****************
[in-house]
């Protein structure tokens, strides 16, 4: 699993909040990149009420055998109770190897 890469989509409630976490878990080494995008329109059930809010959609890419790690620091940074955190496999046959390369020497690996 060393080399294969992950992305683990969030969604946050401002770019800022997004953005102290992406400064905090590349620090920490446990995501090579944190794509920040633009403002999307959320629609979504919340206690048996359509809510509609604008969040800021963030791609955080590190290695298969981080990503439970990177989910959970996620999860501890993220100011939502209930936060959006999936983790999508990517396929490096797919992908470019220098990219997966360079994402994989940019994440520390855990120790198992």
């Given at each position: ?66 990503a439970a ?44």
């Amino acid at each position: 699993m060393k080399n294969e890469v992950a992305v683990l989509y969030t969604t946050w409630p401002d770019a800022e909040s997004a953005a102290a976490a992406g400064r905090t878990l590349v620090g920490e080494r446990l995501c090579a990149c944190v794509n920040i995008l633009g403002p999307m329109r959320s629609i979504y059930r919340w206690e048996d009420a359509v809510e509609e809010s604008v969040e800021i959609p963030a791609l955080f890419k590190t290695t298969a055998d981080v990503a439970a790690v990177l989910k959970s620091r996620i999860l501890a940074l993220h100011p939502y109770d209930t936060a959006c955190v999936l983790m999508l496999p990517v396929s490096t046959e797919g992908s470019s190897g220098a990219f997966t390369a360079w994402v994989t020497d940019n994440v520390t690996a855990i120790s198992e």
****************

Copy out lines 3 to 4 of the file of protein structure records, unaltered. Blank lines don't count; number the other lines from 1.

């Given at each position: ?66 990503a439970a ?44």
């Amino acid at each position: 699993m060393k080399n294969e890469v992950a992305v683990l989509y969030t969604t946050w409630p401002d770019a800022e909040s997004a953005a102290a976490a992406g400064r905090t878990l590349v620090g920490e080494r446990l995501c090579a990149c944190v794509n920040i995008l633009g403002p999307m329109r959320s629609i979504y059930r919340w206690e048996d009420a359509v809510e509609e809010s604008v969040e800021i959609p963030a791609l955080f890419k590190t290695t298969a055998d981080v990503a439970a790690v990177l989910k959970s620091r996620i999860l501890a940074l993220h100011p939502y109770d209930t936060a959006c955190v999936l983790m999508l496999p990517v396929s490096t046959e797919g992908s470019s190897g220098a990219f997966t390369a360079w994402v994989t020497d940019n994440v520390t690996a855990i120790s198992e």